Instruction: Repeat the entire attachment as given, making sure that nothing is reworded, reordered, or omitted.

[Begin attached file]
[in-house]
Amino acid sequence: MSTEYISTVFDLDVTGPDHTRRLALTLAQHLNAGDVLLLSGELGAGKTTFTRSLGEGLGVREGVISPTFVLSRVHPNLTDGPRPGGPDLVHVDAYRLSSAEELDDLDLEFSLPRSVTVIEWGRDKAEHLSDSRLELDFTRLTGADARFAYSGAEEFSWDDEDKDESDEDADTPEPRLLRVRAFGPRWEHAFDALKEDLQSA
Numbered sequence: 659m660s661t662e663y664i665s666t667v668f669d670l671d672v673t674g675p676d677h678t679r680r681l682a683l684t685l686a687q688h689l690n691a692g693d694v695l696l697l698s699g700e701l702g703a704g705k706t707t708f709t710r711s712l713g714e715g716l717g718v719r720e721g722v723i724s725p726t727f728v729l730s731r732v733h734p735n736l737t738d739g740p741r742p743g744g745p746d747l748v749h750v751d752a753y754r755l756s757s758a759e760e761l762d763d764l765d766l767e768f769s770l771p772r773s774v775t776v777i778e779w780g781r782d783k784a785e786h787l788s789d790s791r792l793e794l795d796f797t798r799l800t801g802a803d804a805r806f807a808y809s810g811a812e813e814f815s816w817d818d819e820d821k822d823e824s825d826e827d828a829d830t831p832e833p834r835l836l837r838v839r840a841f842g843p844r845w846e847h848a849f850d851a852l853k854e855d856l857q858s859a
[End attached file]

[in-house]
Amino acid sequence: MSTEYISTVFDLDVTGPDHTRRLALTLAQHLNAGDVLLLSGELGAGKTTFTRSLGEGLGVREGVISPTFVLSRVHPNLTDGPRPGGPDLVHVDAYRLSSAEELDDLDLEFSLPRSVTVIEWGRDKAEHLSDSRLELDFTRLTGADARFAYSGAEEFSWDDEDKDESDEDADTPEPRLLRVRAFGPRWEHAFDALKEDLQSA
Numbered sequence: 659m660s661t662e663y664i665s666t667v668f669d670l671d672v673t674g675p676d677h678t679r680r681l682a683l684t685l686a687q688h689l690n691a692g693d694v695l696l697l698s699g700e701l702g703a704g705k706t707t708f709t710r711s712l713g714e715g716l717g718v719r720e721g722v723i724s725p726t727f728v729l730s731r732v733h734p735n736l737t738d739g740p741r742p743g744g745p746d747l748v749h750v751d752a753y754r755l756s757s758a759e760e761l762d763d764l765d766l767e768f769s770l771p772r773s774v775t776v777i778e779w780g781r782d783k784a785e786h787l788s789d790s791r792l793e794l795d796f797t798r799l800t801g802a803d804a805r806f807a808y809s810g811a812e813e814f815s816w817d818d819e820d821k822d823e824s825d826e827d828a829d830t831p832e833p834r835l836l837r838v839r840a841f842g843p844r845w846e847h848a849f850d851a852l853k854e855d856l857q858s859a